Florida “Stop WOKE Act” Remains On Hold As Appeals Court Refuses To Lift Lower Court Injunction
DeSantis – as predicted – found a method likely more legally effective than addressing who can teach what – defunding departments and programs.
Last time we checked in on Gov. Ron DeSantis’ “Stop Woke Act” was in the context of a federal district court permitting the gathering of information about Diversity, Equity, and Inclusion programmings in Florida public universities.
Litigants opposing such data gathering had argued that collecting such information violated an injunction the Court had granted against the Stop Woke Act, DeSantis Permitted To Gather Data On “Diversity, Equity, and Inclusion” in Public Universities, Judge Rules:
DeSantis signed The Stop Woke Act probibiting certain employment practices by private corporations, particularly the types of race-shaming tactics that have become common, as well as the training in and teaching of these race-shaming theories in public higher ed.
In August 2022, Federal Judge Mark Walker in the Northern District of Florida, issued an injunction against the portion of the law that applied to private busineses, finding the law was overly broad. DeSantis vowed to appeal.
In December 2022, after a complaint and motion for preliminary injunction filed by the ACLU on behalf of university professors and students, Walker also enjoined the provisions applicable to public universities. In an opinion in the style all too common today throughout the judiciary, where judges play for the inevitable media coverage, Walker quoted George Orwell in the opening sentence ….
The State has filed with the 11th Circuit for a stay of the injunction pending appeal, to which the ACLU has responded and the State replied several days ago. So we may hear soon from the 11th Circuit if Judge Walker’s injunction continues pending appeal.
The 11th Circuit ruled today, denying without opinion the request for a stay:
The NAACP Legal Defense Fund issued a statement celebebrating the court ruling:
“We are heartened by the court’s decision to leave in place the preliminary injunction issued by the federal court in November,” said Alexsis Johnson, assistant counsel of the Legal Defense Fund. “Institutions of higher education in Florida should have the ability to provide a quality education, which simply cannot happen when students and educators, including Black students and educators, feel they cannot speak freely about their lived experiences, or when they feel that they may incur a politician’s wrath for engaging in a fact-based discussion of our history.” …
The court’s refusal to lift the injunction during appeal could bolster similar challenges to classroom censorship efforts in Florida, and other states. Currently the ACLU has challenged similar classroom censorship laws in Oklahoma, which was the first federal lawsuit challenging one of these bills, and in New Hampshire, and awaits rulings in both cases.
Since the original district court litigation, DeSantis – as predicted – found a method likely more legally effective than addressing who can teach what – defunding departments and programs. It’s what I predicted in the prior post once DeSantis started gathering information:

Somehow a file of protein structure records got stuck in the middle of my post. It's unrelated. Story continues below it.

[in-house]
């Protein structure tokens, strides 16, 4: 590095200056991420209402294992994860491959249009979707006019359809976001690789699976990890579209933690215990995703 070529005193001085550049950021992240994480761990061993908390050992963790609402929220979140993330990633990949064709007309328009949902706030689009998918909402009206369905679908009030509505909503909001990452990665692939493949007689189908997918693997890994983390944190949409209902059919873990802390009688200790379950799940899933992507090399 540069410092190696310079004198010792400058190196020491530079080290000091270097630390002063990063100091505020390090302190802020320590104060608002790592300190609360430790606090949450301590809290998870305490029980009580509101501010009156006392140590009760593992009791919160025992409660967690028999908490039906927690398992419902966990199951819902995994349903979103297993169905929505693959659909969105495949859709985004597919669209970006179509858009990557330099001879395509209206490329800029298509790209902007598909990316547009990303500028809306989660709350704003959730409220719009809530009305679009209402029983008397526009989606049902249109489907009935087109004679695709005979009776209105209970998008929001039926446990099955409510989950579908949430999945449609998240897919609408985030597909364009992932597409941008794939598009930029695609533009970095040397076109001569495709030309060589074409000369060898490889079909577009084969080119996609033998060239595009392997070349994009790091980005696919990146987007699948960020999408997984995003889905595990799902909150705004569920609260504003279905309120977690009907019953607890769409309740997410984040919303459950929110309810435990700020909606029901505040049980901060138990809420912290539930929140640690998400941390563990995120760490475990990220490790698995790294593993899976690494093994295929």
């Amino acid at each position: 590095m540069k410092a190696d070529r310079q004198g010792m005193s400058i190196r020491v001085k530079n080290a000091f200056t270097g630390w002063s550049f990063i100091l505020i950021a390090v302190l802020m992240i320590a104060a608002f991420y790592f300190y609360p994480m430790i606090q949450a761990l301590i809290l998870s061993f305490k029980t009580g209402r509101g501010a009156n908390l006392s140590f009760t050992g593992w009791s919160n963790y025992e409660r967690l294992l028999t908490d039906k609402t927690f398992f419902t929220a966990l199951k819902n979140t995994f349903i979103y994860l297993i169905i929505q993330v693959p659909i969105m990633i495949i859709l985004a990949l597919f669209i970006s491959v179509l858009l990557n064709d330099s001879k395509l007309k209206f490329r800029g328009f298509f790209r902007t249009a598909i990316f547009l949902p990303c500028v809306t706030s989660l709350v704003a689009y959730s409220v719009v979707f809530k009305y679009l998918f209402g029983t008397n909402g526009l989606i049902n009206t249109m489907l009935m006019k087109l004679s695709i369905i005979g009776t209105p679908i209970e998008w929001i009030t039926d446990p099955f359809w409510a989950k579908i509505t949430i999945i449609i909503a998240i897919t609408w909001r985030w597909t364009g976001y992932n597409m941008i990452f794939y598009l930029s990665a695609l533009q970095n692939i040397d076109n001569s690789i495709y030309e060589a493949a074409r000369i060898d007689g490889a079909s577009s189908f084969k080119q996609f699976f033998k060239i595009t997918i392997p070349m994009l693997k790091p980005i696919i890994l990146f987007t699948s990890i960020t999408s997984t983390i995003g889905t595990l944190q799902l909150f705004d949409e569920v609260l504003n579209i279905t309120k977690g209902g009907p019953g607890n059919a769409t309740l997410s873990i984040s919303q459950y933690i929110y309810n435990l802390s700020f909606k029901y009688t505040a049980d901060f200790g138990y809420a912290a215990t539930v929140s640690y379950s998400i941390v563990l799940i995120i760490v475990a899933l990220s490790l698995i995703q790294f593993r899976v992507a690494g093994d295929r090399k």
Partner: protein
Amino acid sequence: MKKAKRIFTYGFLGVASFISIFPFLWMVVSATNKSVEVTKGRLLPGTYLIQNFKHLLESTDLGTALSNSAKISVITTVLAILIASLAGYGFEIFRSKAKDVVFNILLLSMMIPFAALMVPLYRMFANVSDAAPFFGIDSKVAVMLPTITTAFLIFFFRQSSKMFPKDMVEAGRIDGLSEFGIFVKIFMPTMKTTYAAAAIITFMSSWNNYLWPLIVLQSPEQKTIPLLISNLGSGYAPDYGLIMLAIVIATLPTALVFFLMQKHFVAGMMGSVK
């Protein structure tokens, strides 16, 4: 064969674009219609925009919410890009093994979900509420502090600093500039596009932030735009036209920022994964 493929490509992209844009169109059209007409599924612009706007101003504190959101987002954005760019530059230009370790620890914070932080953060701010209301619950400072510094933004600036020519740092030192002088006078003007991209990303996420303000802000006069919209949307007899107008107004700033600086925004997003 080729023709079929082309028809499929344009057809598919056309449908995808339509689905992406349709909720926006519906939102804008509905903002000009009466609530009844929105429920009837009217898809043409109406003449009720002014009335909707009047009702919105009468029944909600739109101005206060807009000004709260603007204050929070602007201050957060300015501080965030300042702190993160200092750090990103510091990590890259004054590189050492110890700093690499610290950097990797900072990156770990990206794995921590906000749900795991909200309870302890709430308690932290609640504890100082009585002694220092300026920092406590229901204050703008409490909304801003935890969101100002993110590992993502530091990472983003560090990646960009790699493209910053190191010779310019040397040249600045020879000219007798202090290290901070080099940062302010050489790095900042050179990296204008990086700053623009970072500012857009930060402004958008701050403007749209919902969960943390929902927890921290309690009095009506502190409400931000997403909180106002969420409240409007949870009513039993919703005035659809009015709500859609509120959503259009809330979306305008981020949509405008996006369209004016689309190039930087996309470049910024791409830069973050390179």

The request for information did not require the institutions to do anything more than report information, though it seems obvious that DeSantis is likely to gut the DEI bureaucracies, which would seem a way to achieve part of what The Stop Woke Act was intended to do. Terminating administrative positions, or cutting funding, would not implicate — or at least not directly — the First Amendment concerns that applied to what faculty could teach.
Is the federal court really going to micro-manage the Florida state higher education budgets and tell the state it cannot cut back on the number of Assistant and Associate Deans for DEI, and various underlings in the bureaucracy? Maybe, but that’s a big stretch, much more so than telling the state it cannot dictate what professors say in class. Cutting back or eliminating the DEI bureaucracy also would be more effective than telling professors what to teach, since the DEI campus machinery reaches all aspects of student life, not just coursework.
And so it has come to pass, with DeSantis announcing plans to gut the budgets for DEI in public universities, and shuttering the DEI department at New College. That strategy is spreading to some other red states, including Texas, where pernicious DEI statements are being banned from the hiring process.
Donations tax deductible
to the full extent allowed by law.
This is what is needed: people in positions of power dedicated to fighting back and fighting back effectively against these various agendas! When they got their injunction Desantis didn’t curl up into a ball, cry, and give up. Instead he found another way, one that likely will stand up to being challenged, and got things done.
Did he send any mean tweets?
Did he belittle anyone by mangling thieir surname?
Not that I’m aware of yet and not really his style anyway.
Perhaps it should have been called the “Resist Marxist Oppression Act”
De Santis is a superb governor and also has superb advocates for his causes and legislation who will argue that there was no basis for the injunction at the 11th Cir,. and if necessary SCOTUS levels
This is the primary fight of our time
Leave a Comment